Merton Council, which includes the famous Wimbledon lawn tennis centre, is embarking on a big push to license all rented properties and HMOs in the borough as well as limiting the growth of small HMOs.
It wants landlords to take part in its new consultation on plans for selective and additional licensing as well as an Article 4 direction.
The proposed selective licensing scheme would cover Figge’s Marsh, Graveney, Longthornton, and Pollards Hill where 5,500 privately rented properties would need a licence.
Additional licensing would cover Figge’s Marsh, Graveney, Longthornton, Pollards Hill, Colliers Wood, Cricket Green, and Lavender Fields where there are about 700 unlicensed HMOs. An Article 4 direction would cover Colliers Wood, Cricket Green and Lavender Fields.
Poor property Merton has more than 29,000 rented properties (about 34% of total stock) and says its research has identified issues in the sector related to poor property conditions and anti-social behaviour.
It recorded 3,275 complaints from private tenants over a five-year period, a report explains: “Having proactively used existing enforcement and other powers, the council now feels that the introduction of selective licensing in these specific areas will result in a reduction of these problems.”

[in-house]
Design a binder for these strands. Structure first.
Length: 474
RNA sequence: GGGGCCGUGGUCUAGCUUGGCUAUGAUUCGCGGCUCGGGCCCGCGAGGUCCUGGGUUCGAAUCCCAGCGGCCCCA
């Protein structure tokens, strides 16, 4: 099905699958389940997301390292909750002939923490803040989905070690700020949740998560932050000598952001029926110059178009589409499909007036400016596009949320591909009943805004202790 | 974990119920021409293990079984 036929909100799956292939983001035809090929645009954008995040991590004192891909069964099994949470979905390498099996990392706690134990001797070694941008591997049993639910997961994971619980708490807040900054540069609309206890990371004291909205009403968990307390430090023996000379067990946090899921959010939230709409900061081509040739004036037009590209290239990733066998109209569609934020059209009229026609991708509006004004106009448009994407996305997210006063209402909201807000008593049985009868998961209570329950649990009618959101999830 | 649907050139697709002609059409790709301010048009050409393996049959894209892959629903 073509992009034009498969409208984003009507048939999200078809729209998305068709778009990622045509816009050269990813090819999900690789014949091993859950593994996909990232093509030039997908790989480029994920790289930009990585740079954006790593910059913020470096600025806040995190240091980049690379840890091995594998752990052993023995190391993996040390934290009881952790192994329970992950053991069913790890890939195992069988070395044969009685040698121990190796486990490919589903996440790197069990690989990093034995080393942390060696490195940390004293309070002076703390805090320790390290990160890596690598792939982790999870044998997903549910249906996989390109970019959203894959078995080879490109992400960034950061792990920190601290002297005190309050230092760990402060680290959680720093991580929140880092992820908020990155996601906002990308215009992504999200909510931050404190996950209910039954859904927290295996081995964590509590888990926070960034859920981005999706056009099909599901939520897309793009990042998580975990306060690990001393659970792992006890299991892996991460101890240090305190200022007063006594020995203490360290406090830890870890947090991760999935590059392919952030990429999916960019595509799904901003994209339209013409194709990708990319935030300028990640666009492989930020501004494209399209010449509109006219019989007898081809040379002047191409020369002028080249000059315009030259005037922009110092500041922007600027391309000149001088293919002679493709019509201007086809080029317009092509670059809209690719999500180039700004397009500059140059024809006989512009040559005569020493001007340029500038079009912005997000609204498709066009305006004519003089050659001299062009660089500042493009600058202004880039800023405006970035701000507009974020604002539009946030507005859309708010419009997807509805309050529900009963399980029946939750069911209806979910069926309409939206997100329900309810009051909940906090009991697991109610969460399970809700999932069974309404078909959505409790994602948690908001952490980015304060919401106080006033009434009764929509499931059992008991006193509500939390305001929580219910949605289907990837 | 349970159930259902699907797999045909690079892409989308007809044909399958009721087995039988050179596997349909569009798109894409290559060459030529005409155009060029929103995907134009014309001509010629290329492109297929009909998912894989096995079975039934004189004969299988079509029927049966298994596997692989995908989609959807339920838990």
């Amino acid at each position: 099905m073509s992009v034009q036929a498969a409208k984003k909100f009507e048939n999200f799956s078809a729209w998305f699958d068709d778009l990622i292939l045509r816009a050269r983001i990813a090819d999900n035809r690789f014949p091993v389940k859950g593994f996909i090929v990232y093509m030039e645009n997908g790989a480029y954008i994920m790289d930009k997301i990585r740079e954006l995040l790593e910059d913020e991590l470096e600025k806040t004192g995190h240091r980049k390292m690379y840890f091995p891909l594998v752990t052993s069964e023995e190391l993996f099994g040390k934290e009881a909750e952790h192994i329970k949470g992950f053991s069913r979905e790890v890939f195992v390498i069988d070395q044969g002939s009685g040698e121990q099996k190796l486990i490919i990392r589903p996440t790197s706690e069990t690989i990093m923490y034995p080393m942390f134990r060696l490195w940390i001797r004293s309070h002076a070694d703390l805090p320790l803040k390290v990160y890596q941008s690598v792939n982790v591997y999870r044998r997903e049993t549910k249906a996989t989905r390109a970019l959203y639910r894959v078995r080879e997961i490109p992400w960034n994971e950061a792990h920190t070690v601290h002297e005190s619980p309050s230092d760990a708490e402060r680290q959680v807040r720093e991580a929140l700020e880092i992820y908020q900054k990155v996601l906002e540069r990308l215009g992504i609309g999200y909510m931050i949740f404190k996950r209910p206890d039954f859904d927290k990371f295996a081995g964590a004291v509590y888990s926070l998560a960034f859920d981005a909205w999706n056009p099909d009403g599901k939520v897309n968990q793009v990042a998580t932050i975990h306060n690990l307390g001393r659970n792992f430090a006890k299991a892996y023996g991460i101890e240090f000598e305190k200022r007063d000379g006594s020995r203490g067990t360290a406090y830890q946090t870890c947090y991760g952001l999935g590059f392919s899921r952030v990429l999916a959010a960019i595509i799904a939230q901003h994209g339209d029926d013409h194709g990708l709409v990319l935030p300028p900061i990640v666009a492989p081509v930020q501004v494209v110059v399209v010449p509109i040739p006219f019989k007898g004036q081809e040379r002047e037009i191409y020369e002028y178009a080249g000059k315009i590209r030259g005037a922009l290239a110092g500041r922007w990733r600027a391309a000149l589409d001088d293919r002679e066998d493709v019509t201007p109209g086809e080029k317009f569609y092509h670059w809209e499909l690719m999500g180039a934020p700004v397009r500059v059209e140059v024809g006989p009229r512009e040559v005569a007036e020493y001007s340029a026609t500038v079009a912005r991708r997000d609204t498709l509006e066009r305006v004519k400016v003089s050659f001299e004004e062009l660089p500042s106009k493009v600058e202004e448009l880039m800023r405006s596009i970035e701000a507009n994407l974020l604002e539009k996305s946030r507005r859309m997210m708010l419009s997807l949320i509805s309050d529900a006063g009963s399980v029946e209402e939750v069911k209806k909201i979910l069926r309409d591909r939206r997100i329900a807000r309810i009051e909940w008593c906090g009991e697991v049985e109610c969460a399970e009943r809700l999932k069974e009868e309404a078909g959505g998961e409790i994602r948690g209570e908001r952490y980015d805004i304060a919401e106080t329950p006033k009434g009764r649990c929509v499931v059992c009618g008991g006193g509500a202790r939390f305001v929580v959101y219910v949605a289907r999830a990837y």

Councillor Andrew Judge (pictured), cabinet member for housing and sustainable development, says: “We are determined that Merton residents living in rented accommodation have a home that is in good condition and is well managed, and that no resident has to endure the anti-social behaviour caused by overcrowded, poorly managed properties.”
Proposed fees are £652 for a selective licence, and between £1,115 and £1,215 for an additional licence. The 10-week consultation ends on 23rd January.
Read more: Official council tax re-banding of HMOs a ‘huge blow for tenants’, says MP Subscribe here for the latest landlord news and receive tips from industry experts: